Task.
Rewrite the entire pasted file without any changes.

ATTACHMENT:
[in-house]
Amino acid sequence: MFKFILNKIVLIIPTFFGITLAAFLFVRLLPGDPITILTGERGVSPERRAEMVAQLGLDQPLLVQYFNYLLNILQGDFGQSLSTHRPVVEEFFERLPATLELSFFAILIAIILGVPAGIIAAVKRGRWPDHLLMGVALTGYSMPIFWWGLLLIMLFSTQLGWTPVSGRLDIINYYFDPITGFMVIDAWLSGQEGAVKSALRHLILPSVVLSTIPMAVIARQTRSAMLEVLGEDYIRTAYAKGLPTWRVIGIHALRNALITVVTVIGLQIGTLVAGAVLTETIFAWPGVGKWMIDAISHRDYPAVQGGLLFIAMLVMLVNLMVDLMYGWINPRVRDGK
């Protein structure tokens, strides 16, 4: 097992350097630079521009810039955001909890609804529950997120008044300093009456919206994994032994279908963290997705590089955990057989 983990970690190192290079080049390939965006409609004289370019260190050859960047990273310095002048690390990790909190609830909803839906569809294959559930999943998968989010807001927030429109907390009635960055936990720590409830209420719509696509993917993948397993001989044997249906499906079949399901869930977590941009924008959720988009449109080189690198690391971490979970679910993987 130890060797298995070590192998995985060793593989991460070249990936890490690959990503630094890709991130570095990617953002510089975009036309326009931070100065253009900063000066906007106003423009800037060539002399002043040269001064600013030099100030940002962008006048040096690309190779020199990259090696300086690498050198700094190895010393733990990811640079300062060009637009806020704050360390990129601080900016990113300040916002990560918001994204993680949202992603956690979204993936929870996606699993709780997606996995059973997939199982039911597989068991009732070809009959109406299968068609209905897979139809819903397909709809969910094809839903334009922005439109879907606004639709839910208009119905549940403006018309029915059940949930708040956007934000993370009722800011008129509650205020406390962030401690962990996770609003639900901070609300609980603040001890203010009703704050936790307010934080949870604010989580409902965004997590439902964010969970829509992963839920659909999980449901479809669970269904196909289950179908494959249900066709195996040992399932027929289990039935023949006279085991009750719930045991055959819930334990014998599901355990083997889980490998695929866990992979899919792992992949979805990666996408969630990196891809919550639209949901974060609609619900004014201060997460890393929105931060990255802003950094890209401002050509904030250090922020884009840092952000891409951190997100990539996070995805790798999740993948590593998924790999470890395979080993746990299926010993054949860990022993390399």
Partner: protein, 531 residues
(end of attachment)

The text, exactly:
[in-house]
Amino acid sequence: MFKFILNKIVLIIPTFFGITLAAFLFVRLLPGDPITILTGERGVSPERRAEMVAQLGLDQPLLVQYFNYLLNILQGDFGQSLSTHRPVVEEFFERLPATLELSFFAILIAIILGVPAGIIAAVKRGRWPDHLLMGVALTGYSMPIFWWGLLLIMLFSTQLGWTPVSGRLDIINYYFDPITGFMVIDAWLSGQEGAVKSALRHLILPSVVLSTIPMAVIARQTRSAMLEVLGEDYIRTAYAKGLPTWRVIGIHALRNALITVVTVIGLQIGTLVAGAVLTETIFAWPGVGKWMIDAISHRDYPAVQGGLLFIAMLVMLVNLMVDLMYGWINPRVRDGK
């Protein structure tokens, strides 16, 4: 097992350097630079521009810039955001909890609804529950997120008044300093009456919206994994032994279908963290997705590089955990057989 983990970690190192290079080049390939965006409609004289370019260190050859960047990273310095002048690390990790909190609830909803839906569809294959559930999943998968989010807001927030429109907390009635960055936990720590409830209420719509696509993917993948397993001989044997249906499906079949399901869930977590941009924008959720988009449109080189690198690391971490979970679910993987 130890060797298995070590192998995985060793593989991460070249990936890490690959990503630094890709991130570095990617953002510089975009036309326009931070100065253009900063000066906007106003423009800037060539002399002043040269001064600013030099100030940002962008006048040096690309190779020199990259090696300086690498050198700094190895010393733990990811640079300062060009637009806020704050360390990129601080900016990113300040916002990560918001994204993680949202992603956690979204993936929870996606699993709780997606996995059973997939199982039911597989068991009732070809009959109406299968068609209905897979139809819903397909709809969910094809839903334009922005439109879907606004639709839910208009119905549940403006018309029915059940949930708040956007934000993370009722800011008129509650205020406390962030401690962990996770609003639900901070609300609980603040001890203010009703704050936790307010934080949870604010989580409902965004997590439902964010969970829509992963839920659909999980449901479809669970269904196909289950179908494959249900066709195996040992399932027929289990039935023949006279085991009750719930045991055959819930334990014998599901355990083997889980490998695929866990992979899919792992992949979805990666996408969630990196891809919550639209949901974060609609619900004014201060997460890393929105931060990255802003950094890209401002050509904030250090922020884009840092952000891409951190997100990539996070995805790798999740993948590593998924790999470890395979080993746990299926010993054949860990022993390399």
Partner: protein, 531 residues